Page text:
British History in America Series

 The Flagship of the Chesapeake Flotilla, the USS Scorpion –  or the “Turtle Shell Wreck”

As part of our focus on British History in America, we visited Calvert County, Maryland  in 2006, and during this time met the American marine archaeologist, historian, and author Donald G Shomette.  With him, we discussed extensively the War of 1812 in which British forces marched on Washington after the famous Chesapeake Flotilla gun boat squadron was scuttled to prevent capture  at the headwaters of the Patuxent river by its commander Commodore Joshua Barney. 

Though outgunned seven to one, at Bladensburg Commodore Joshua Barney and his flotillamen gave the advancing British forces a sterling fight, they distinguished themselves by stalling the advance of Wellington's Invincibles on their march to Washington until they were overwhelmed.  Previously, on the water they acquitted themselves well  during the battle of St Leonard's Creek the only major fleet engagement in the Chesapeake Tidewater.   Throughout the campaign, Rear Admiral George Cockburn R.N. longed to destroy Barney and his fleet but never got anywhere near to do this. This story, and that of the archaeological excavation of the nearly intact flagship Scorpion has been featured elsewhere on this site with a review of Don’s book Tidewater Time Capsule, and Flotilla which give further details.

We now turn briefly to that discovery and excavation  for the American people by Shomette, Professor Fred Hopkins of the University of Baltimore, Dr. Ralph Eshelman, and others in 1980 by their research organisation Nautical Archaeological Associates (NAA) during Patuxent river project.  The reproduction of the whole story is beyond the scope of this site, however the team completed  work of significant importance in two stages with the limited resources available to them at the time. They recovered artefacts from beneath the turbid, polluted waters, through centuries of silt, debris and detritus to extract and study the past.  The team were the first in America to use a cofferdam protective wall in which work could be completed in nearly dry conditions. 

Battling with many adversities, they completed the first underwater archaeological survey of an entire riverine system in America.  In 1997 they returned to discover two more ships of the fleet employing,  aerial  and sub sea magnetometery, sub-sediment imaging, ground penetrating radar and hydro probing of half a million linear feet of river bed to sub sediment depth of twenty feet.  This comprises the first comprehensive survey of a historic shipwreck fleet and river system in America.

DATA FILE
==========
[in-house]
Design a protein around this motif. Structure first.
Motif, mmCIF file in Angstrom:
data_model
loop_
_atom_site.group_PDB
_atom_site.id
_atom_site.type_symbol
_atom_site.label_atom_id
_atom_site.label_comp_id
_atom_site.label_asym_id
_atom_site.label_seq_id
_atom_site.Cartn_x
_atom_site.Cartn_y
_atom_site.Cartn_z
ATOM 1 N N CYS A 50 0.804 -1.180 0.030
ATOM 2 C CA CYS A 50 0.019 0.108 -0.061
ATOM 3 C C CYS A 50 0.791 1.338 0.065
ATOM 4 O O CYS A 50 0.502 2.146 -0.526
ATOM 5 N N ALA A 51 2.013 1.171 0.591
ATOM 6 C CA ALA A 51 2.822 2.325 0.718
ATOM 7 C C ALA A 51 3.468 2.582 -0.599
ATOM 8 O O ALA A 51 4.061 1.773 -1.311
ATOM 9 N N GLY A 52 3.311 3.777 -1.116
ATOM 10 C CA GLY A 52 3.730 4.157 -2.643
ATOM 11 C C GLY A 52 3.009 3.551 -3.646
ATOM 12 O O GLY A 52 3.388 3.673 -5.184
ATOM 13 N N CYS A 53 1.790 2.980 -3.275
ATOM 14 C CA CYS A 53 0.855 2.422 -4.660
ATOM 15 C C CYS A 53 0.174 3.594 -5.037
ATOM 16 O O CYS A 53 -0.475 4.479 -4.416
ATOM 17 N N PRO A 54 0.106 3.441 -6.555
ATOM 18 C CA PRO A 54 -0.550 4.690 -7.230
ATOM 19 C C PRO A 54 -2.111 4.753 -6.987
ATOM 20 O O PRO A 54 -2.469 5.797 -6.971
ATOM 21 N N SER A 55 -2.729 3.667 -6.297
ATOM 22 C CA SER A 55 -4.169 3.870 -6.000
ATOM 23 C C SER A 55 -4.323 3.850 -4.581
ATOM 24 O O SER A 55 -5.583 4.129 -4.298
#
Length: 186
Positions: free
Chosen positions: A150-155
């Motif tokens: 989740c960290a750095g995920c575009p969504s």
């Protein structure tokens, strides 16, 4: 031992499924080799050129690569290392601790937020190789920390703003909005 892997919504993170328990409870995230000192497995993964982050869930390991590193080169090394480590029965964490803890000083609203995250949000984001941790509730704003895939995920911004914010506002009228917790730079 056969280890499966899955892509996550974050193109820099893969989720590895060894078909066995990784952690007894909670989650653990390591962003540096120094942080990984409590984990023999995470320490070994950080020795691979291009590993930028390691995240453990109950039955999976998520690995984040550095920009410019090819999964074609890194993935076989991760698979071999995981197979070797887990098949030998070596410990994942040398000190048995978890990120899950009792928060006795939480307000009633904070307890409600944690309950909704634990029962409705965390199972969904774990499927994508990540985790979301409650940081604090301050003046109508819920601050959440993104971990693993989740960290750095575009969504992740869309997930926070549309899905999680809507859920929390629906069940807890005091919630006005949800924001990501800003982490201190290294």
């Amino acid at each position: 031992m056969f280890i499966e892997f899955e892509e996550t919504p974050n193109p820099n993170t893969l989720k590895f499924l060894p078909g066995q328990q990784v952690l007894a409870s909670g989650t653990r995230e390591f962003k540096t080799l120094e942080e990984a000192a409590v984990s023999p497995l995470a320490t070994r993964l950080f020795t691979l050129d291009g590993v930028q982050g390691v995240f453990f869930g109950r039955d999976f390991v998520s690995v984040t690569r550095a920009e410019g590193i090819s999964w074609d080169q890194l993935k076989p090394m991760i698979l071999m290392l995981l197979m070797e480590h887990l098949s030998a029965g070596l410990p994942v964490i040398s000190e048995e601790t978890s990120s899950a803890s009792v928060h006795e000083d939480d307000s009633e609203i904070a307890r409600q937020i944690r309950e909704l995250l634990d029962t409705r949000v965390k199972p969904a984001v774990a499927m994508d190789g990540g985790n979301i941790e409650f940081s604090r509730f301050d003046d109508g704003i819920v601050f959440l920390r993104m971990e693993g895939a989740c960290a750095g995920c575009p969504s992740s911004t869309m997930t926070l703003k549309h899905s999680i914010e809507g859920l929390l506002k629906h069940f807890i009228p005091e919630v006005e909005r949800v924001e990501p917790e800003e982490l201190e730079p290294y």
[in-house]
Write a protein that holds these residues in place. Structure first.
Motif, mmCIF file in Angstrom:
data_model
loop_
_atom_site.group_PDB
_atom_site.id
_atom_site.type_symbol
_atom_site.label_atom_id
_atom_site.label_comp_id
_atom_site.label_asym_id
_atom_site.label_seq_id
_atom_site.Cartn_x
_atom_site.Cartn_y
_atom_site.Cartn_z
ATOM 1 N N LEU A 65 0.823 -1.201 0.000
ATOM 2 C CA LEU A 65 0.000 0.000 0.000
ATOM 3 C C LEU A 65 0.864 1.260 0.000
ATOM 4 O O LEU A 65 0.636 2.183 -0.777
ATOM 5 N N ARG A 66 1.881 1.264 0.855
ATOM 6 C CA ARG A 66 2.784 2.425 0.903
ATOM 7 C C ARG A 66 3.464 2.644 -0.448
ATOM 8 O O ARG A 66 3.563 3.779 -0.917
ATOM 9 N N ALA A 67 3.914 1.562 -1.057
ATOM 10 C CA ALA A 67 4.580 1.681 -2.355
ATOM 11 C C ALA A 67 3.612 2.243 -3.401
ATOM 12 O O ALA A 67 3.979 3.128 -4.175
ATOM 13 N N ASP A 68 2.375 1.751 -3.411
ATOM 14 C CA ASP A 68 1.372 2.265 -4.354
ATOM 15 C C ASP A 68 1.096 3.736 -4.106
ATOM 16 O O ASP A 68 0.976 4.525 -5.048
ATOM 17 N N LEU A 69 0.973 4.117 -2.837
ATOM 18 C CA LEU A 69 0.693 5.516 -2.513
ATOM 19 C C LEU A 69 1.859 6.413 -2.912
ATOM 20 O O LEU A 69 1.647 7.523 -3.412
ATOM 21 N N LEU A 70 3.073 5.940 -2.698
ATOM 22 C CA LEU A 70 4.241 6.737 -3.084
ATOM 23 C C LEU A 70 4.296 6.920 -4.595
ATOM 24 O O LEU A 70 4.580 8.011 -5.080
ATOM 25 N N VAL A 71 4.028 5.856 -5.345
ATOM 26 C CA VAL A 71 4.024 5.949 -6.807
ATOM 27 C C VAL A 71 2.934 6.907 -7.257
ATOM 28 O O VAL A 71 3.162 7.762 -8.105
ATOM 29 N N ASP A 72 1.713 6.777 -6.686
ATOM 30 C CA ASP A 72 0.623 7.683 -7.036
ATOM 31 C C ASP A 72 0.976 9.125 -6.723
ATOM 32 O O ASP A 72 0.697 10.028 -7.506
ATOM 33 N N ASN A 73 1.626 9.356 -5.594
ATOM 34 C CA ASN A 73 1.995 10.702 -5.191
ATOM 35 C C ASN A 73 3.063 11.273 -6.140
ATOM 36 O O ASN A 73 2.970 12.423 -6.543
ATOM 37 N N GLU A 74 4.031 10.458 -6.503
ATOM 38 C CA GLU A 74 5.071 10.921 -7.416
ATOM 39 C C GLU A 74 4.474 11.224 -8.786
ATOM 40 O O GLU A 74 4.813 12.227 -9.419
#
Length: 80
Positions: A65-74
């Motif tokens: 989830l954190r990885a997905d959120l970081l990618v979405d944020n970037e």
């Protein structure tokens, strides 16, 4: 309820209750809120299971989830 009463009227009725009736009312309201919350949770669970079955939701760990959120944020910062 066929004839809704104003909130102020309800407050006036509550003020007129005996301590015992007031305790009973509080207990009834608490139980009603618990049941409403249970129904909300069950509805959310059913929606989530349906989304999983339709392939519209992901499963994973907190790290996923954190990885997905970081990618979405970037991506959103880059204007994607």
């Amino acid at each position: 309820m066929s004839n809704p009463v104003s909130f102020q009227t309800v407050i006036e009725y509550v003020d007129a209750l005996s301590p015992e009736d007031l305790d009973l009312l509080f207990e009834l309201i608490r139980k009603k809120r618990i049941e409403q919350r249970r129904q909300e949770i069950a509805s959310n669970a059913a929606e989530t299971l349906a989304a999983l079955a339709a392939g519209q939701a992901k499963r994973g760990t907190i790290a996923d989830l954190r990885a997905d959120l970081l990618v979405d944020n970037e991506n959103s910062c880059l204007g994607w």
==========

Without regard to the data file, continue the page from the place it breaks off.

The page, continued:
The work on the Patuxent by NAA would ultimately lead to the establishment of the Maryland Maritime Archaeological Programme and helped create support from the State of Maryland  through the auspices of Governor William Donald Shaffer for the creation of the Maryland Archaeological Conservation (MAC) Laboratory.  The land overlooking St Leonard’s Creek, site of the epic flotilla engagements and the scenic Patuxent River  was selected for the MAC Laboratory and the subsequent War of 1812 Memorial.  The land was donated by the late Mrs Jefferson Patterson.

The Filey Bay Initiative recognises this work as a magnificent contribution to our joint heritage,   And although the War of 1812 is a little known historical event, the battle represents the tenacity and resolve shown by the American people when faced with an external aggressor during the first ever attack on American soil. 

The War of 1812 is so important that a world class memorial on the banks of the Patuxent is being planned for the bicentennial of that significant conflict. Although the plans for the memorial are still in the developmental stage,  it is expected to be a historically and architecturally unique structure.

 Donald G. Shomette has given his kind permission to reproduce some pictures and diagrams relating to the ground breaking work completed during the Patuxent River Project, the drawn plans are his own.

 

Don Shomettte with the video monitor
watching the first images appear.

Pete Petrone with the ground penetrating radar unit.

A ground penetrating radar image of the Scorpion wreck.

 

 

 

Plan views of the hold of the Scorpion

Top view of hold showing distribution of recovered artefacts.

 See note one below

     

Note one relating to the photograph of Mrs Jefferson Patterson:  The photograph depicts J. Rodney Little, Director of the Maryland Historical Trust assisting the late Mrs Jefferson Patterson in signing the transfer of 512 acres of land overlooking St. Leonard's Creek and the Patuxent River to the State of Maryland, as Governor Harold Hughes (centre standing) and other prominent Maryland officials look on.  The land transfer, the largest private donation in state history, was undertaken to create the first archaeological park of its kind in Maryland, Courtesy of the Jefferson Patterson Park and Museum.

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